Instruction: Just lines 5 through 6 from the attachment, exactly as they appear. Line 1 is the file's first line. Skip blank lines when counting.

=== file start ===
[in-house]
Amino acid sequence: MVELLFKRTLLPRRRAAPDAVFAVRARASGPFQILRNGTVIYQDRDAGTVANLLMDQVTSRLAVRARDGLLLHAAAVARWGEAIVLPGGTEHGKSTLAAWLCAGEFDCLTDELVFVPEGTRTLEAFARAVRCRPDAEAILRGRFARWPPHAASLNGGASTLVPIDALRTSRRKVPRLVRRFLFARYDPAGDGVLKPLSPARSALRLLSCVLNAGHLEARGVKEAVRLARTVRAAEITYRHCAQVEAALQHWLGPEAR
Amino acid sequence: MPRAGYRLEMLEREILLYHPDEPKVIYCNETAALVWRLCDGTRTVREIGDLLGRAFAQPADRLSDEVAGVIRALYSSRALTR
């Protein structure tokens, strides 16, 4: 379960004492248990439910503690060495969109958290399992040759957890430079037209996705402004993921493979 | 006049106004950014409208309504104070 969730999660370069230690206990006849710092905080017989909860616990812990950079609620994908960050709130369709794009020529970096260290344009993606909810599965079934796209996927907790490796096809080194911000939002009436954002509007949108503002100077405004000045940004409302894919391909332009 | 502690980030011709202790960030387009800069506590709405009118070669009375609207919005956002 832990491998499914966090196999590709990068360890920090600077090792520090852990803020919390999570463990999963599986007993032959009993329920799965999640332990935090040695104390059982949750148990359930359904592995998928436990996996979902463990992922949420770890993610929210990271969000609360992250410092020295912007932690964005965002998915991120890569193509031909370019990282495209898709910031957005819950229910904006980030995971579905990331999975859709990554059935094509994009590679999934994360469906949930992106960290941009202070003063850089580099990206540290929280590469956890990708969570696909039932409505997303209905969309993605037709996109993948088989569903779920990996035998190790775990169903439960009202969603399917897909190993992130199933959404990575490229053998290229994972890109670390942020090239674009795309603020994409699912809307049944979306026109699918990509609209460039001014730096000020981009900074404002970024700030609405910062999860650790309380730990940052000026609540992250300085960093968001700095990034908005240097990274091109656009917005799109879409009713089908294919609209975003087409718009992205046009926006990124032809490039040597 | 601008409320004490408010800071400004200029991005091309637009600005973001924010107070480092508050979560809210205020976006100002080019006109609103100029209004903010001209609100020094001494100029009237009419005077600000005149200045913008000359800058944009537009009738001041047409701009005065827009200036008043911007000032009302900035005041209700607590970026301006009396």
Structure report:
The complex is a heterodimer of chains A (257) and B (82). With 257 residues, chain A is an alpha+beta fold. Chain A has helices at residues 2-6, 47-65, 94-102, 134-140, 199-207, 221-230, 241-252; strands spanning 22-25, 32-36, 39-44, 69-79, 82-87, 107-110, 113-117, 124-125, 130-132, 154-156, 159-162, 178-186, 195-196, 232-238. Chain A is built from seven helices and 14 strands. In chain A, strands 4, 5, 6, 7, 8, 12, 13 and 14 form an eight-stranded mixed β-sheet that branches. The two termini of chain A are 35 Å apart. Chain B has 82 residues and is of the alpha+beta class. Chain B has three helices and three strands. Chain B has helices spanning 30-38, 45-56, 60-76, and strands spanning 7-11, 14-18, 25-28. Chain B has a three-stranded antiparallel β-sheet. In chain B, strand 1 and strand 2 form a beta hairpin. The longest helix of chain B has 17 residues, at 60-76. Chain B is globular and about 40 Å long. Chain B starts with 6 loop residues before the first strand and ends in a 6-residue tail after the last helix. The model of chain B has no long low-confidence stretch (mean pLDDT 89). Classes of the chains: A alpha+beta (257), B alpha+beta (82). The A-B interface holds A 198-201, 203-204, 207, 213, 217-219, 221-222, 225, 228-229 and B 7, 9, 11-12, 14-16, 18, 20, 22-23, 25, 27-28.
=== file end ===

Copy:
Structure report:
The complex is a heterodimer of chains A (257) and B (82). With 257 residues, chain A is an alpha+beta fold. Chain A has helices at residues 2-6, 47-65, 94-102, 134-140, 199-207, 221-230, 241-252; strands spanning 22-25, 32-36, 39-44, 69-79, 82-87, 107-110, 113-117, 124-125, 130-132, 154-156, 159-162, 178-186, 195-196, 232-238. Chain A is built from seven helices and 14 strands. In chain A, strands 4, 5, 6, 7, 8, 12, 13 and 14 form an eight-stranded mixed β-sheet that branches. The two termini of chain A are 35 Å apart. Chain B has 82 residues and is of the alpha+beta class. Chain B has three helices and three strands. Chain B has helices spanning 30-38, 45-56, 60-76, and strands spanning 7-11, 14-18, 25-28. Chain B has a three-stranded antiparallel β-sheet. In chain B, strand 1 and strand 2 form a beta hairpin. The longest helix of chain B has 17 residues, at 60-76. Chain B is globular and about 40 Å long. Chain B starts with 6 loop residues before the first strand and ends in a 6-residue tail after the last helix. The model of chain B has no long low-confidence stretch (mean pLDDT 89). Classes of the chains: A alpha+beta (257), B alpha+beta (82). The A-B interface holds A 198-201, 203-204, 207, 213, 217-219, 221-222, 225, 228-229 and B 7, 9, 11-12, 14-16, 18, 20, 22-23, 25, 27-28.